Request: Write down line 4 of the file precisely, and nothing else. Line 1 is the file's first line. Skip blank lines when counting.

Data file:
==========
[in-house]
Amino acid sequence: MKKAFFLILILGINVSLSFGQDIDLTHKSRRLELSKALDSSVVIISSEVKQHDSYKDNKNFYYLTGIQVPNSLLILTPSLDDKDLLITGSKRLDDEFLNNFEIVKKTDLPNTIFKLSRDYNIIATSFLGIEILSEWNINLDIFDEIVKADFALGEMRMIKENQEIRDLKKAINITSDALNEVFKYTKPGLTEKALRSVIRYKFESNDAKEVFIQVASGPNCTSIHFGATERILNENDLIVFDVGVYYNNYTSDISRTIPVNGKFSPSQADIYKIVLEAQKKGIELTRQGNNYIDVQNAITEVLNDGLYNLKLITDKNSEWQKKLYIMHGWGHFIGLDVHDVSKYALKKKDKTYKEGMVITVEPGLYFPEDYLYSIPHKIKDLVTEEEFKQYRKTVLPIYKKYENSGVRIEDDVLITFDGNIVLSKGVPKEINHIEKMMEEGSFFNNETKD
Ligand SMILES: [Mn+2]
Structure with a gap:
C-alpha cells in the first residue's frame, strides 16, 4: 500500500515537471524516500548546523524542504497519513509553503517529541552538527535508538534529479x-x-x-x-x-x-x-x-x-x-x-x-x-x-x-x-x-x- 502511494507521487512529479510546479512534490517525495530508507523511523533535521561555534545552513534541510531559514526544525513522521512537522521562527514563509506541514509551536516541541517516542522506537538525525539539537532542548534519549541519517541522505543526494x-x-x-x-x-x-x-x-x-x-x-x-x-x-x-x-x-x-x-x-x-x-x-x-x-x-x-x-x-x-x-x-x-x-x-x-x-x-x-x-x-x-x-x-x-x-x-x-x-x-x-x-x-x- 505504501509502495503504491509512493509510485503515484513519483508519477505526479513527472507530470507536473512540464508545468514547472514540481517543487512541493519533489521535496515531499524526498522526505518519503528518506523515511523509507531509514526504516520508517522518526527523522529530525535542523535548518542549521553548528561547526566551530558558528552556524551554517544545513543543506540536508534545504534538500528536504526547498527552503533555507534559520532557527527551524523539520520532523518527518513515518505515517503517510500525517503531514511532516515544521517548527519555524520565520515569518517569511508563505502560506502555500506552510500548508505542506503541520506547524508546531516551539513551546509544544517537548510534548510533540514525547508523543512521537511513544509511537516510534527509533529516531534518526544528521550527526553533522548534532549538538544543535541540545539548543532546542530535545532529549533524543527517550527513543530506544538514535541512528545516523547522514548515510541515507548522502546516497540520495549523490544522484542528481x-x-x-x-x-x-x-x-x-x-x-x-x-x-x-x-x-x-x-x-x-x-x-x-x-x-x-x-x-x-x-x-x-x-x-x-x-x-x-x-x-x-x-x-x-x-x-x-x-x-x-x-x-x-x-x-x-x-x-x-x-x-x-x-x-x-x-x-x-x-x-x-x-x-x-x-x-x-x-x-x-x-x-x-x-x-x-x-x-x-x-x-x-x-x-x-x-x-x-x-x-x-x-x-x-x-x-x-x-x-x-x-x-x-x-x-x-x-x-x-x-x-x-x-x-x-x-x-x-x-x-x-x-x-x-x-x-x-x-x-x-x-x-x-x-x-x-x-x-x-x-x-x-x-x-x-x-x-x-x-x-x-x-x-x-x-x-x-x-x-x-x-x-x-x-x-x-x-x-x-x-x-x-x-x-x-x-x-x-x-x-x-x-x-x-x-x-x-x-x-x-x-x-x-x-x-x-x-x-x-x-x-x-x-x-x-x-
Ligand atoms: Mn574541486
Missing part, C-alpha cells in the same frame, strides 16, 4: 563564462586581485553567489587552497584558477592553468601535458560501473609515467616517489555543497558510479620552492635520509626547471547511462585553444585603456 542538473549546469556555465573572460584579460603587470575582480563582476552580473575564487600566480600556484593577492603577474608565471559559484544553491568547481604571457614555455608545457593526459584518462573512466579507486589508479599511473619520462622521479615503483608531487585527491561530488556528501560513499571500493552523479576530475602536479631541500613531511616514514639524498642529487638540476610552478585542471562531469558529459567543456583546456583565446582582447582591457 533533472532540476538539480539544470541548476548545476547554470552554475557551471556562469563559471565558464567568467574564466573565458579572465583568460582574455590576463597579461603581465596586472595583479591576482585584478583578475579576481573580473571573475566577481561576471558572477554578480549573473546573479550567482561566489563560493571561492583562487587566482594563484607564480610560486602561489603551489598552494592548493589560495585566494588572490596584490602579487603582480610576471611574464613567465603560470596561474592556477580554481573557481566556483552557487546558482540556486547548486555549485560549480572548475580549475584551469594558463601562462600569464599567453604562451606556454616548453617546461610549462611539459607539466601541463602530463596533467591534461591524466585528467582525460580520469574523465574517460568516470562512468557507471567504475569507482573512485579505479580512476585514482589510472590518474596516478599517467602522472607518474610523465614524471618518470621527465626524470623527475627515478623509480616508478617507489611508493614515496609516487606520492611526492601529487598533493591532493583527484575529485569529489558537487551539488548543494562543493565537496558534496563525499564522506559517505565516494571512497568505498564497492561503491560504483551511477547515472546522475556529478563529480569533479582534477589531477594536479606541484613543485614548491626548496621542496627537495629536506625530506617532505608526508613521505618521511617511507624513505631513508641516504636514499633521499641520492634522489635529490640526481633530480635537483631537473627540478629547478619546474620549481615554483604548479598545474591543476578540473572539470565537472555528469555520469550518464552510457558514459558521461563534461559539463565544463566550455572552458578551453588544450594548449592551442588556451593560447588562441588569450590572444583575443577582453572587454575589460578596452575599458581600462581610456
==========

Structure with a gap: